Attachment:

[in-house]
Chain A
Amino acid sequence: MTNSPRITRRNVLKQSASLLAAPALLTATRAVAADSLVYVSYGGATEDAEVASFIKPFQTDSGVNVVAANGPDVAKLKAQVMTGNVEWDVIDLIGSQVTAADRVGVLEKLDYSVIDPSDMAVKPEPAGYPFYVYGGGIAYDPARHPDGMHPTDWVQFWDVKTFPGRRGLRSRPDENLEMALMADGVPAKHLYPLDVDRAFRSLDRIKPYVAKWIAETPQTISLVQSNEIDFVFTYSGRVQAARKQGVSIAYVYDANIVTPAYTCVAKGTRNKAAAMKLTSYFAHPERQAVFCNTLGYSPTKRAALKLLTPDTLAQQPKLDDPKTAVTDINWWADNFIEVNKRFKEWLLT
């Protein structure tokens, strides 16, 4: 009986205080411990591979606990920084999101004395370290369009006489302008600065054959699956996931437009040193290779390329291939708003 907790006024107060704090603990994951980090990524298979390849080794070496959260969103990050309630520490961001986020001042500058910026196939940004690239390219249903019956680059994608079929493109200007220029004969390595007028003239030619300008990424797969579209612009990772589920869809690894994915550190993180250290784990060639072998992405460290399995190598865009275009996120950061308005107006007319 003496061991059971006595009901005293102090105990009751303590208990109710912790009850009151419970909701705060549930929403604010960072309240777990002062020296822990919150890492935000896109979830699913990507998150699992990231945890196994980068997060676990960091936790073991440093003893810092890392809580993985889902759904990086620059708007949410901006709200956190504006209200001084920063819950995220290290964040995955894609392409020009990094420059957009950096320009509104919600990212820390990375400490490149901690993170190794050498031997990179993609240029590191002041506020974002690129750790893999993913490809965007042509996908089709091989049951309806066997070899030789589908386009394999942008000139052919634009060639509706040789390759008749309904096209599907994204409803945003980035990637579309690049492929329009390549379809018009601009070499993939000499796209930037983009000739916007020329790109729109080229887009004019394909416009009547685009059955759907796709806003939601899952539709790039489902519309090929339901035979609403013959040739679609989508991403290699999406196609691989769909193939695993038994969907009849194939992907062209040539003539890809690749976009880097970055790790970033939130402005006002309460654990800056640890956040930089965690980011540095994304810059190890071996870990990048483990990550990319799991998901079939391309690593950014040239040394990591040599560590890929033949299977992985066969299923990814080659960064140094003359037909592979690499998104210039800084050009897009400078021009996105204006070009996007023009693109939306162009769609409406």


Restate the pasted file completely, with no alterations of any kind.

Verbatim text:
[in-house]
Chain A
Amino acid sequence: MTNSPRITRRNVLKQSASLLAAPALLTATRAVAADSLVYVSYGGATEDAEVASFIKPFQTDSGVNVVAANGPDVAKLKAQVMTGNVEWDVIDLIGSQVTAADRVGVLEKLDYSVIDPSDMAVKPEPAGYPFYVYGGGIAYDPARHPDGMHPTDWVQFWDVKTFPGRRGLRSRPDENLEMALMADGVPAKHLYPLDVDRAFRSLDRIKPYVAKWIAETPQTISLVQSNEIDFVFTYSGRVQAARKQGVSIAYVYDANIVTPAYTCVAKGTRNKAAAMKLTSYFAHPERQAVFCNTLGYSPTKRAALKLLTPDTLAQQPKLDDPKTAVTDINWWADNFIEVNKRFKEWLLT
């Protein structure tokens, strides 16, 4: 009986205080411990591979606990920084999101004395370290369009006489302008600065054959699956996931437009040193290779390329291939708003 907790006024107060704090603990994951980090990524298979390849080794070496959260969103990050309630520490961001986020001042500058910026196939940004690239390219249903019956680059994608079929493109200007220029004969390595007028003239030619300008990424797969579209612009990772589920869809690894994915550190993180250290784990060639072998992405460290399995190598865009275009996120950061308005107006007319 003496061991059971006595009901005293102090105990009751303590208990109710912790009850009151419970909701705060549930929403604010960072309240777990002062020296822990919150890492935000896109979830699913990507998150699992990231945890196994980068997060676990960091936790073991440093003893810092890392809580993985889902759904990086620059708007949410901006709200956190504006209200001084920063819950995220290290964040995955894609392409020009990094420059957009950096320009509104919600990212820390990375400490490149901690993170190794050498031997990179993609240029590191002041506020974002690129750790893999993913490809965007042509996908089709091989049951309806066997070899030789589908386009394999942008000139052919634009060639509706040789390759008749309904096209599907994204409803945003980035990637579309690049492929329009390549379809018009601009070499993939000499796209930037983009000739916007020329790109729109080229887009004019394909416009009547685009059955759907796709806003939601899952539709790039489902519309090929339901035979609403013959040739679609989508991403290699999406196609691989769909193939695993038994969907009849194939992907062209040539003539890809690749976009880097970055790790970033939130402005006002309460654990800056640890956040930089965690980011540095994304810059190890071996870990990048483990990550990319799991998901079939391309690593950014040239040394990591040599560590890929033949299977992985066969299923990814080659960064140094003359037909592979690499998104210039800084050009897009400078021009996105204006070009996007023009693109939306162009769609409406």